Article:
Article Snippet: To determine HSV-1 infection, we immunostained infected cells with mouse antibodies against HSV-1 ICP4 and gB (both from Santa Cruz Biotechnology, Inc., Dallas, TX), rabbit anti-gD (HSV-1) (MyBioSource, San Diego, CA), and goat anti-HSV-1/2 antiserum (AbD Serotec, Raleigh, NC).

    Techniques: Western Blot, Labeling, Avidin-Biotin Assay

    A. Polarized tonsil cells were treated with HIV tat/gp120 or HIV virions for 5 days and infected with HSV-1. After 24 h, cells were fixed and immunostained using anti-HSV-1 gB antibodies (red). Cell nuclei are stained in blue. B. HSV-1 infection was quantitatively evaluated, and the percentage of cells positive for gB was determined. Error bars indicate SEM. C. Cells were incubated with antibodies against nectin-1 for 1 h and then infected with HSV-1. Cells were fixed after 24 h, HSV-1 infection was confirmed by detection of goat anti-HSV-1 immune serum, and the number of infected cells was counted. ab, cells incubated with antibodies. c, control cells without antibodies. Error bars indicate SEM. *P<0.01, **P<0.001, all compared with the control group.

    Journal: PLoS ONE

    Article Title: HIV-Associated Disruption of Tight and Adherens Junctions of Oral Epithelial Cells Facilitates HSV-1 Infection and Spread

    doi: 10.1371/journal.pone.0088803

    Figure Lengend Snippet: A. Polarized tonsil cells were treated with HIV tat/gp120 or HIV virions for 5 days and infected with HSV-1. After 24 h, cells were fixed and immunostained using anti-HSV-1 gB antibodies (red). Cell nuclei are stained in blue. B. HSV-1 infection was quantitatively evaluated, and the percentage of cells positive for gB was determined. Error bars indicate SEM. C. Cells were incubated with antibodies against nectin-1 for 1 h and then infected with HSV-1. Cells were fixed after 24 h, HSV-1 infection was confirmed by detection of goat anti-HSV-1 immune serum, and the number of infected cells was counted. ab, cells incubated with antibodies. c, control cells without antibodies. Error bars indicate SEM. *P<0.01, **P<0.001, all compared with the control group.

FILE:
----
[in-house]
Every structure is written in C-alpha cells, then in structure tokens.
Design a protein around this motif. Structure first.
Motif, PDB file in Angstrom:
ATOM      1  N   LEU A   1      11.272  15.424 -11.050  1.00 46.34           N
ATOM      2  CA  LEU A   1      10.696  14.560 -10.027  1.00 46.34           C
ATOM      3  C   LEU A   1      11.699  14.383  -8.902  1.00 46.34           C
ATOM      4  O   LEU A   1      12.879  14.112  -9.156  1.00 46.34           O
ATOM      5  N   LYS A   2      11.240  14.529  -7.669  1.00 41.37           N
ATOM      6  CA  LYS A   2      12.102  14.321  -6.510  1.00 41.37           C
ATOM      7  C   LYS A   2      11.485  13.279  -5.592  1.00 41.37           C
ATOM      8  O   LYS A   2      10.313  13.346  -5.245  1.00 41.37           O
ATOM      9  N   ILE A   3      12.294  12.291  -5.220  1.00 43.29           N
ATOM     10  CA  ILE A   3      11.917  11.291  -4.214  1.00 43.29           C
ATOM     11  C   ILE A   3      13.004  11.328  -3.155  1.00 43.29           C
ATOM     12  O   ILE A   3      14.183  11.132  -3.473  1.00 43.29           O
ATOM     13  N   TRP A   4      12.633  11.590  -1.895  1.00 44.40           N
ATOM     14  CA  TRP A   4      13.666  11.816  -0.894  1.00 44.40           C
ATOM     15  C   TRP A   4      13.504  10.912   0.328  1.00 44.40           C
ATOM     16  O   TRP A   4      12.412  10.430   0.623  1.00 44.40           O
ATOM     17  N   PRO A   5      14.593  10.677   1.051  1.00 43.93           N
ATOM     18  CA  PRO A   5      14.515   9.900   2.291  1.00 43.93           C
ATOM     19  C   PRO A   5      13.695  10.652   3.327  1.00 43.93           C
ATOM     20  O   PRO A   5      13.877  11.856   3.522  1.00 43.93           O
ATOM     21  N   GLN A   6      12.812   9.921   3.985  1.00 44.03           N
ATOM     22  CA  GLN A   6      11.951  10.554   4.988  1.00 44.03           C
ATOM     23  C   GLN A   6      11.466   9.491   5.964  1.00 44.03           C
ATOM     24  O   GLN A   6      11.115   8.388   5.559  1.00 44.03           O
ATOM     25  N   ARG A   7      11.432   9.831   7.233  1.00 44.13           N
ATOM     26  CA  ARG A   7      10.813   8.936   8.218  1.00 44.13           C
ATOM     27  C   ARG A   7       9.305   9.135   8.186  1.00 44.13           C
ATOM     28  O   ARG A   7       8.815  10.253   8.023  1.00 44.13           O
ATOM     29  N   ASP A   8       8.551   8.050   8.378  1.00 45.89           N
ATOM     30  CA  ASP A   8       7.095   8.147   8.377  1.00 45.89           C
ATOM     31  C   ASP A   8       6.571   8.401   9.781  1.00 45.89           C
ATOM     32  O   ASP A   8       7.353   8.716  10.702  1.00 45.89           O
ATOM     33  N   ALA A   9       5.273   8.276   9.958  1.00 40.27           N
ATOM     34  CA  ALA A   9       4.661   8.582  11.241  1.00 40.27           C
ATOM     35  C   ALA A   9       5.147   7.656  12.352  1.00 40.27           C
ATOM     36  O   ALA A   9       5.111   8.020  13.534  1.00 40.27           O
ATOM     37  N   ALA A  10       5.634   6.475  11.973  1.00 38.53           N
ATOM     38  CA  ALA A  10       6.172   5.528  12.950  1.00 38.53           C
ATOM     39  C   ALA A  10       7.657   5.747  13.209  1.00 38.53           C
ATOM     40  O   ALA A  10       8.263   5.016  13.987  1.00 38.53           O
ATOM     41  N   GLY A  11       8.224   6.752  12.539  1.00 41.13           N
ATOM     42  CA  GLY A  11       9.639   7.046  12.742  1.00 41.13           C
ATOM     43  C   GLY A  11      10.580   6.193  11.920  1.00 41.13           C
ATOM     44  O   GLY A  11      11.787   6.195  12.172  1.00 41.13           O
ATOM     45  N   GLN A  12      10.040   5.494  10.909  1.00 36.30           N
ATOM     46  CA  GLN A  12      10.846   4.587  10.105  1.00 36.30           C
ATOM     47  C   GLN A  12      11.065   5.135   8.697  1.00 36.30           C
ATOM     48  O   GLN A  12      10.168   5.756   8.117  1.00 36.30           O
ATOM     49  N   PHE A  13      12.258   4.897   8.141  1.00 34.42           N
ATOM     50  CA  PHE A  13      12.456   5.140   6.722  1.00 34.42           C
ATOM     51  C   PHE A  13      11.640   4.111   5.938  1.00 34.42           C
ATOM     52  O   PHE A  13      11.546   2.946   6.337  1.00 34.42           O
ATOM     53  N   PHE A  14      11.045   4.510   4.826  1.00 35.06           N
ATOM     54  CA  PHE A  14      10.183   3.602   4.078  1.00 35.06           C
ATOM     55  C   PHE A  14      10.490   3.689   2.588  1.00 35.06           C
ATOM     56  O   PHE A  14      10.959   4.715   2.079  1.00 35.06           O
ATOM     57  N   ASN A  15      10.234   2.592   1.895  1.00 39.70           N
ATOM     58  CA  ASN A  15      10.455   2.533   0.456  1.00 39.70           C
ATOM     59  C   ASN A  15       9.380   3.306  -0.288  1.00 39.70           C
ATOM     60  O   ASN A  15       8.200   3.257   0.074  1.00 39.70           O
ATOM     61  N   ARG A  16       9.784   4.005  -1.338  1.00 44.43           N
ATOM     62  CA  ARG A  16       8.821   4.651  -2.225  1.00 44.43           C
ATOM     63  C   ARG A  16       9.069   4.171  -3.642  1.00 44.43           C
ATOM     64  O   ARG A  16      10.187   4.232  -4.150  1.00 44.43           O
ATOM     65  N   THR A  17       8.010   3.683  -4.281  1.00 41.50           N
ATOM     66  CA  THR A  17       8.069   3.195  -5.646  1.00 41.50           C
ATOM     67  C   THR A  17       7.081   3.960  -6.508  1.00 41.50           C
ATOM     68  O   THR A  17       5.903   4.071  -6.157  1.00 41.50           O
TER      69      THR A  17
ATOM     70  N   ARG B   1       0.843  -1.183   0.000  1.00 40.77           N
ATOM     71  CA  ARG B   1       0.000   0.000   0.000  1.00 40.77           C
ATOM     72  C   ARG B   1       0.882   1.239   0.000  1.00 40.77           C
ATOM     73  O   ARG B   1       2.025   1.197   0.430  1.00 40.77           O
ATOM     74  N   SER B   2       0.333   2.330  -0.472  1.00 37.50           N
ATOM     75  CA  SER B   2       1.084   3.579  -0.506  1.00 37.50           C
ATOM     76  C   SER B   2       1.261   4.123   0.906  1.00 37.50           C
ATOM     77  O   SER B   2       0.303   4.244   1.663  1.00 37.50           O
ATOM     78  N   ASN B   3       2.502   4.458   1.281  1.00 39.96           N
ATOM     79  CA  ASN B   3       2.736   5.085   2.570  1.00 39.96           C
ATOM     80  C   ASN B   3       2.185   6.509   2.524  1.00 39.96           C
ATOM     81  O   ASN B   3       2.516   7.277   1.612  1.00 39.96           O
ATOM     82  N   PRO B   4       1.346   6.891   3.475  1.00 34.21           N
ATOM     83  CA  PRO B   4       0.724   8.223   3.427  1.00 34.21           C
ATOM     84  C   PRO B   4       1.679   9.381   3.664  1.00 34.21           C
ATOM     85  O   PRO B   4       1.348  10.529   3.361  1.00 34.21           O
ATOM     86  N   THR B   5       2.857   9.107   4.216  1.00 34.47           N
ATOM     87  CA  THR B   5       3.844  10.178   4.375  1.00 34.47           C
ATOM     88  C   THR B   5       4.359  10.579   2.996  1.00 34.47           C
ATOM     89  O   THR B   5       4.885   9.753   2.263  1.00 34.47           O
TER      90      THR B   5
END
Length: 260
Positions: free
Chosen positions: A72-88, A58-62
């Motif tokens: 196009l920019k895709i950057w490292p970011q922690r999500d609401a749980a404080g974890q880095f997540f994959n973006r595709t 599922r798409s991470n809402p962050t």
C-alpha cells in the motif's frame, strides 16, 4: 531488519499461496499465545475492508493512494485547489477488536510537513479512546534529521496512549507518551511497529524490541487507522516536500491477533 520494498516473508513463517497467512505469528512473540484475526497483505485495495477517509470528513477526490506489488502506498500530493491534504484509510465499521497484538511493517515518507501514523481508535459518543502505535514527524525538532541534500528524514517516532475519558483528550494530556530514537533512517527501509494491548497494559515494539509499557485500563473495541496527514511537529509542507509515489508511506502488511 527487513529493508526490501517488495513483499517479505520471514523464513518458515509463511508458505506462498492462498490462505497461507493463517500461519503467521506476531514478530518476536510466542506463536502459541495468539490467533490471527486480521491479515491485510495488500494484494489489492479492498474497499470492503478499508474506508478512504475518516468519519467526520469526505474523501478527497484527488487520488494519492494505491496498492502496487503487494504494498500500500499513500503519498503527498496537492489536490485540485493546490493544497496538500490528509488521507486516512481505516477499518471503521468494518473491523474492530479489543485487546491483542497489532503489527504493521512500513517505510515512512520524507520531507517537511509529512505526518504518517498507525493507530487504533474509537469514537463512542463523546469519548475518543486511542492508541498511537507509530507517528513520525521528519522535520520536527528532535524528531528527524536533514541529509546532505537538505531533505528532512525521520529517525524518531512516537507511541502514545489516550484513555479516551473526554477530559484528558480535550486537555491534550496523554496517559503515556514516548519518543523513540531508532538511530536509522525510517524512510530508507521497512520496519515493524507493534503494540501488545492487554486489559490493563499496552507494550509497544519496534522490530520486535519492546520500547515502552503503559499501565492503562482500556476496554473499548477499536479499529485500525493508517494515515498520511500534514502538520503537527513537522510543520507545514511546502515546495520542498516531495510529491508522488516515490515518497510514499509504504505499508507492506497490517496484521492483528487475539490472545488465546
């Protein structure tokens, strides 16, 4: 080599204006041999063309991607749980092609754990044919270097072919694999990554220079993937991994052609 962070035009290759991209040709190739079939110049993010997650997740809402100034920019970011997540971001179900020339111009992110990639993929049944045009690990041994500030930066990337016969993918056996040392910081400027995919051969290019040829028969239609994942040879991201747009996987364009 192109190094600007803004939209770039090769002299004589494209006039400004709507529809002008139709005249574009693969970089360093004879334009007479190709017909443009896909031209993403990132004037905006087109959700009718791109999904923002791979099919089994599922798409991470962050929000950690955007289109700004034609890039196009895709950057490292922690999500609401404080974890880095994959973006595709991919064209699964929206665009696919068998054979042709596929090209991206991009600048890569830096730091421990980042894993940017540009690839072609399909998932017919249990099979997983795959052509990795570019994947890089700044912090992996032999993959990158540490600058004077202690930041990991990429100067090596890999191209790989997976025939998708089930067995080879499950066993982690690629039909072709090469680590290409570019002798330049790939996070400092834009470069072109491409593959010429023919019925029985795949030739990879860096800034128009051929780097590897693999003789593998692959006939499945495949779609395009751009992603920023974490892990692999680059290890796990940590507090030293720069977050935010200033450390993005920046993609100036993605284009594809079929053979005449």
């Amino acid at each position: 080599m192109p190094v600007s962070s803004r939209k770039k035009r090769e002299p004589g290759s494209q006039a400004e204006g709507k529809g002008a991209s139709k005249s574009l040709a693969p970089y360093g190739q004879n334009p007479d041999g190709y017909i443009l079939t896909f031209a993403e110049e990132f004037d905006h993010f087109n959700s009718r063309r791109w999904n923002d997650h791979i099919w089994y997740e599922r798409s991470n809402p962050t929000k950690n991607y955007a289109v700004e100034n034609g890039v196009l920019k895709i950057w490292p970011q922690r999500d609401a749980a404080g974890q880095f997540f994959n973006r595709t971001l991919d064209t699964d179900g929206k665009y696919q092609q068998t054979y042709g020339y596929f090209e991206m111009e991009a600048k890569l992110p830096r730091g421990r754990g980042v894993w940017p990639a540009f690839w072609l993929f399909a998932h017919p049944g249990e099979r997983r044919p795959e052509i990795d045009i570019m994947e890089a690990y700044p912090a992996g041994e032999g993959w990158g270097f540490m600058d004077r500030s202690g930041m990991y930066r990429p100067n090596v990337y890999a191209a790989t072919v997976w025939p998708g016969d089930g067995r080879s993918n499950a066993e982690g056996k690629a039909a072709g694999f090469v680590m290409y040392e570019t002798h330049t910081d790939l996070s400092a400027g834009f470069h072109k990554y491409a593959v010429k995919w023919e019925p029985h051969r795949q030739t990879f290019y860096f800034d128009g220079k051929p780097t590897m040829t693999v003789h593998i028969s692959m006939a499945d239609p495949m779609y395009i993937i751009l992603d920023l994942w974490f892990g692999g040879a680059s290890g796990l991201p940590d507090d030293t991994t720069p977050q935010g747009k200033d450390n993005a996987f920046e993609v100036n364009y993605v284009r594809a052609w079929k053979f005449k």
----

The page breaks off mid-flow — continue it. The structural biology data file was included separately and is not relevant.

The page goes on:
Article Snippet: To determine HSV-1 infection, we immunostained infected cells with mouse antibodies against HSV-1 ICP4 and gB (both from Santa Cruz Biotechnology, Inc., Dallas, TX), rabbit anti-gD (HSV-1) (MyBioSource, San Diego, CA), and goat anti-HSV-1/2 antiserum (AbD Serotec, Raleigh, NC).

    Techniques: Infection, Staining, Incubation

    A. Polarized tonsil cells were treated with active or inactive tat/gp120 and HIV virions for 5 days. Disrupted cells were infected with HSV-1 at 0.01 PFU per cell from basolateral membranes of polarized cells. After 3 days, cells were fixed and immunostained using goat anti-HSV immune serum (green). Cell nuclei are stained in red. Yellow represents colocalization of HSV proteins and nuclei. B. (upper panel) Plaque numbers were counted from 3 independent filter inserts and data are presented as the average number of HSV-infected plaques per insert. (lower panel) Cell-to-cell spread of HSV-1 was quantitatively evaluated by counting HSV-infected cells in the plaques. Results are presented as the average number of HSV-infected cells per plaque. Error bars indicate SEM. C. Polarized cells were infected with HSV-1. After 4 h, antibodies to nectin-1 and gD were added separately and in combination. Cell medium was changed daily to add fresh antibodies. Cells were fixed and immunostained for HSV-1, and the plaque numbers (upper panel) and the number of HSV-1-positive cells in plaques were counted (lower panel). Error bars indicate SEM. *P<0.05, *P<0.01, **P<0.001, all compared with the control group.

    Journal: PLoS ONE

    Article Title: HIV-Associated Disruption of Tight and Adherens Junctions of Oral Epithelial Cells Facilitates HSV-1 Infection and Spread

    doi: 10.1371/journal.pone.0088803